Just like before any mayor new Android version comes out, we always get a few developer previews. Android P is no exception.
Keep in mind, this is a developer preview of Android P. Some stuff might be added or removed by the time the final version of Android P comes out, so don’t go and flash it on your main phone unless you really have to. Nevertheless, here is what it brings to the table…
One of the mayor things the new version of Android will support are the display cutouts, something that can be found on phones like the essential phone. This will allow devs to see how their app will behave on phones with the cutouts.
The other change you might see is in the notification area. Keep in mind that is is just a preview and it might not look like this in the final product, but it is a nice touch-up. This will also change the look of notifications from messaging apps, allowing you to include recent lines from your conversation if you want to reply inline right inside the notification. There are a few more bits here and there, though. Android is finally introducing a standard dialog box UI for when apps want to verify your identity with a fingerprint, for example.
Some more things worth noting…
- Restricted access to mic, camera or any sensor in SensorManager for apps that are idle.
- Support for more codecs, including HDR VP2 profile 2 and HEIF.
- A multi-camera API so an Android app can individually request the data from more than one camera sensor at once. This will help on devices with dual cameras.
- Wi-Fi RTT (Round-Trip-Time), allowing apps to get better indoor positioning data, by measuring the distance of various Wi-Fi access points.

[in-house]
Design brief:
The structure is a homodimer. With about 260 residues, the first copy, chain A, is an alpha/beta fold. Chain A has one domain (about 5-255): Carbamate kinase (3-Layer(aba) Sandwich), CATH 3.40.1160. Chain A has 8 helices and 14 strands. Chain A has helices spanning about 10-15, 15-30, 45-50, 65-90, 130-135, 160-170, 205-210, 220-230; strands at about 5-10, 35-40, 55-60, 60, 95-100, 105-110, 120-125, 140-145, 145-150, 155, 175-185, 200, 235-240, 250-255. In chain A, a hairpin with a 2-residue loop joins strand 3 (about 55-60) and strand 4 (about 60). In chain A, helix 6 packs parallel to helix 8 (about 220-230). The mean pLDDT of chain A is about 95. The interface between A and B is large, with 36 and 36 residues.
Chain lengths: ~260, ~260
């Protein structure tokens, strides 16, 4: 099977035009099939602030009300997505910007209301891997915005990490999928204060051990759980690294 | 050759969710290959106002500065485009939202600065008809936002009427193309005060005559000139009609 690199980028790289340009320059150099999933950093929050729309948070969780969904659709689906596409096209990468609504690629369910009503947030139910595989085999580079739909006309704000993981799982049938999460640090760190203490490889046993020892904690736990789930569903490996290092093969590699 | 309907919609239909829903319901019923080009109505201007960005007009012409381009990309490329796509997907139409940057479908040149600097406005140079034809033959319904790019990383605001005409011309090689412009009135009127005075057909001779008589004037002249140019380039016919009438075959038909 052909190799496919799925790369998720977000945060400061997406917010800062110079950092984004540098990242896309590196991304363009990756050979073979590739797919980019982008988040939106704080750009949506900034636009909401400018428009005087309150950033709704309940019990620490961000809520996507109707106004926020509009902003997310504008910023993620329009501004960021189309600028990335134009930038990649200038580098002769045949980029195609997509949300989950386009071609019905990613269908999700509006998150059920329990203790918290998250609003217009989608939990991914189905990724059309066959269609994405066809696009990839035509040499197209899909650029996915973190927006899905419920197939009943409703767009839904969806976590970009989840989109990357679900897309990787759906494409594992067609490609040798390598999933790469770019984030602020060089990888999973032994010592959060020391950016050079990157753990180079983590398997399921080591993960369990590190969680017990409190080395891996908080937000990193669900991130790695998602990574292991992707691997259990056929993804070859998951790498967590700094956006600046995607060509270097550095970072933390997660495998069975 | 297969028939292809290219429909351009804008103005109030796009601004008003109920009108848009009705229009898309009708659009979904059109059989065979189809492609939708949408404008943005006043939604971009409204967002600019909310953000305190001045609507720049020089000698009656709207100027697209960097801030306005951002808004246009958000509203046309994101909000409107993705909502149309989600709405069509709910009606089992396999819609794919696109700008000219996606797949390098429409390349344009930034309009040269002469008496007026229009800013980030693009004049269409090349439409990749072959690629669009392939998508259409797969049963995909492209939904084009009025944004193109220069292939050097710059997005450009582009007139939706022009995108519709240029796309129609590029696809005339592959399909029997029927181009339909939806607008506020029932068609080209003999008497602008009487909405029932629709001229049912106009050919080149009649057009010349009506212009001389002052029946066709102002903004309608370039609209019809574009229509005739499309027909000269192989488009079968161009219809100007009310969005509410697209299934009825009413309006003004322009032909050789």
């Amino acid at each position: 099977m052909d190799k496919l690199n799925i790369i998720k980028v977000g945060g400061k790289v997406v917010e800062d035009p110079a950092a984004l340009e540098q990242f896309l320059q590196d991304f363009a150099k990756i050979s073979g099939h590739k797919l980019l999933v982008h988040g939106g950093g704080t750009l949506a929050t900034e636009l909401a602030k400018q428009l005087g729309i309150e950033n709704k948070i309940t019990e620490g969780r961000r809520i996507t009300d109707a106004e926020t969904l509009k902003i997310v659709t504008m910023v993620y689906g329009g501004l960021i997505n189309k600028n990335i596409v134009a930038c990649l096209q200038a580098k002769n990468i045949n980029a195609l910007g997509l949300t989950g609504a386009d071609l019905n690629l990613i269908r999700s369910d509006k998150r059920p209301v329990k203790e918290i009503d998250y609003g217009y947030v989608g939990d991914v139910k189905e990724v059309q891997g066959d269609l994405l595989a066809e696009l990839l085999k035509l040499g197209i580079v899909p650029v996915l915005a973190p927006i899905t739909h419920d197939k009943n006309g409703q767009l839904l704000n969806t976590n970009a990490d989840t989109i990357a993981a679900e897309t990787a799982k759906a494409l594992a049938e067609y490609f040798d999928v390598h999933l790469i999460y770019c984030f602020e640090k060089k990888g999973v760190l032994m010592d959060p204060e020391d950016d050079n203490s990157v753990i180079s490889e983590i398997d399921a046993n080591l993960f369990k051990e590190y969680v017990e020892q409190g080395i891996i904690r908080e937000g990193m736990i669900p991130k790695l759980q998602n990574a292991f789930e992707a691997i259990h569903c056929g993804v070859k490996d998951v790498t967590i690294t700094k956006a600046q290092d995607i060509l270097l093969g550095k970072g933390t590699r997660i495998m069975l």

- Better autofill, making stuff like password management easier.
- Improved performance for apps wrote in Kotlin.
- Doze, standby and background limits are improved, and Job Scheduler is now better at understanding the device’s network state and batching apps network requests together.
- Google is also warning developers that Android P is going to start throwing up warning boxes at users when they install apps that “targets a platform earlier than Android 4.2.” Basically, if you’re not using a recent SDK for your app, Google will make you feel bad by making your users distrust your app a little. It’s also going to expect that apps submitted to the Google Play store target Android Oreo in November and, in 2019, that they support 64-bit hardware.
- Google is also going to start “a gradual process to restrict access to selected non-SDK interfaces.” That’s code for “use the public APIs that we have created for Android or maybe someday your app won’t work” (not an actual quote). The company is taking this one slowly and is encouraging developers to reach out if their app isn’t covered.
Also, here is Google’s video about it…